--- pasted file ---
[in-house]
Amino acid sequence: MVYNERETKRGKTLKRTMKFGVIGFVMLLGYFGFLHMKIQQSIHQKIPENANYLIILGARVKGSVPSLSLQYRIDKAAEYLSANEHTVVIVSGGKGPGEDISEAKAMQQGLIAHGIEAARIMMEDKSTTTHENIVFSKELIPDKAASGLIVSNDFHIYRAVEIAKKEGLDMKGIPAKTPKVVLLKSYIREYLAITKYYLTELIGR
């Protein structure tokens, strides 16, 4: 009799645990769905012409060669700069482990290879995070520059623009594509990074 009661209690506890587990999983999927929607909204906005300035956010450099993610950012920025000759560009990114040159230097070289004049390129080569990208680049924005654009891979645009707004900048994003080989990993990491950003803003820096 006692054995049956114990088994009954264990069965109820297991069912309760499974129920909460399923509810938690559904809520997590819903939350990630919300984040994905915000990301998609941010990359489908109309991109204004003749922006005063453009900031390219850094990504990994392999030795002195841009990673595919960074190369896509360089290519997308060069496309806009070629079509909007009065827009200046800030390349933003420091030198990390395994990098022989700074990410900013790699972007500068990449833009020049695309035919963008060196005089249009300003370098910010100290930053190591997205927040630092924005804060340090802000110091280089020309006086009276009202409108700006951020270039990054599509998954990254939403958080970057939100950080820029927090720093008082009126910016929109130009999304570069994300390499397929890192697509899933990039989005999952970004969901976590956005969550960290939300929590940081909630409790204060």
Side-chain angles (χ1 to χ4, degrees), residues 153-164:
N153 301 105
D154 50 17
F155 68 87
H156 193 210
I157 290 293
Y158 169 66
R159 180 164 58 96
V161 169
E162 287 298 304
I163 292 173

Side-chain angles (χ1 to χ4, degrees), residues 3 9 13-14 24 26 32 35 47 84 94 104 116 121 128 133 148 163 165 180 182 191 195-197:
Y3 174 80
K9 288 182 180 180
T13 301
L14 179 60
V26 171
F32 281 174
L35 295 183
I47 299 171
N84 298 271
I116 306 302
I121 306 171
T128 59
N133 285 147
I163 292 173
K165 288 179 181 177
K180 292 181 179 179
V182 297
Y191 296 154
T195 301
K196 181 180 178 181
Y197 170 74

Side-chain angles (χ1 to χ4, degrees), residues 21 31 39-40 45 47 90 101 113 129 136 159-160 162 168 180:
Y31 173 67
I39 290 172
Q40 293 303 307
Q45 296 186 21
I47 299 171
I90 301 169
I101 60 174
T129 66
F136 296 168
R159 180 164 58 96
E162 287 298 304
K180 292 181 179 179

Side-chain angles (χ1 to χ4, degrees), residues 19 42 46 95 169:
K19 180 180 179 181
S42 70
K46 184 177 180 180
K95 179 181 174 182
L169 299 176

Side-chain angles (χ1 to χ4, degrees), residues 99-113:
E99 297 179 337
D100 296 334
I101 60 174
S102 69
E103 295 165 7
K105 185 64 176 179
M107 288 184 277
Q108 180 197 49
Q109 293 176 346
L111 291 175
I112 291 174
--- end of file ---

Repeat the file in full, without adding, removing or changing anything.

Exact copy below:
[in-house]
Amino acid sequence: MVYNERETKRGKTLKRTMKFGVIGFVMLLGYFGFLHMKIQQSIHQKIPENANYLIILGARVKGSVPSLSLQYRIDKAAEYLSANEHTVVIVSGGKGPGEDISEAKAMQQGLIAHGIEAARIMMEDKSTTTHENIVFSKELIPDKAASGLIVSNDFHIYRAVEIAKKEGLDMKGIPAKTPKVVLLKSYIREYLAITKYYLTELIGR
């Protein structure tokens, strides 16, 4: 009799645990769905012409060669700069482990290879995070520059623009594509990074 009661209690506890587990999983999927929607909204906005300035956010450099993610950012920025000759560009990114040159230097070289004049390129080569990208680049924005654009891979645009707004900048994003080989990993990491950003803003820096 006692054995049956114990088994009954264990069965109820297991069912309760499974129920909460399923509810938690559904809520997590819903939350990630919300984040994905915000990301998609941010990359489908109309991109204004003749922006005063453009900031390219850094990504990994392999030795002195841009990673595919960074190369896509360089290519997308060069496309806009070629079509909007009065827009200046800030390349933003420091030198990390395994990098022989700074990410900013790699972007500068990449833009020049695309035919963008060196005089249009300003370098910010100290930053190591997205927040630092924005804060340090802000110091280089020309006086009276009202409108700006951020270039990054599509998954990254939403958080970057939100950080820029927090720093008082009126910016929109130009999304570069994300390499397929890192697509899933990039989005999952970004969901976590956005969550960290939300929590940081909630409790204060």
Side-chain angles (χ1 to χ4, degrees), residues 153-164:
N153 301 105
D154 50 17
F155 68 87
H156 193 210
I157 290 293
Y158 169 66
R159 180 164 58 96
V161 169
E162 287 298 304
I163 292 173

Side-chain angles (χ1 to χ4, degrees), residues 3 9 13-14 24 26 32 35 47 84 94 104 116 121 128 133 148 163 165 180 182 191 195-197:
Y3 174 80
K9 288 182 180 180
T13 301
L14 179 60
V26 171
F32 281 174
L35 295 183
I47 299 171
N84 298 271
I116 306 302
I121 306 171
T128 59
N133 285 147
I163 292 173
K165 288 179 181 177
K180 292 181 179 179
V182 297
Y191 296 154
T195 301
K196 181 180 178 181
Y197 170 74

Side-chain angles (χ1 to χ4, degrees), residues 21 31 39-40 45 47 90 101 113 129 136 159-160 162 168 180:
Y31 173 67
I39 290 172
Q40 293 303 307
Q45 296 186 21
I47 299 171
I90 301 169
I101 60 174
T129 66
F136 296 168
R159 180 164 58 96
E162 287 298 304
K180 292 181 179 179

Side-chain angles (χ1 to χ4, degrees), residues 19 42 46 95 169:
K19 180 180 179 181
S42 70
K46 184 177 180 180
K95 179 181 174 182
L169 299 176

Side-chain angles (χ1 to χ4, degrees), residues 99-113:
E99 297 179 337
D100 296 334
I101 60 174
S102 69
E103 295 165 7
K105 185 64 176 179
M107 288 184 277
Q108 180 197 49
Q109 293 176 346
L111 291 175
I112 291 174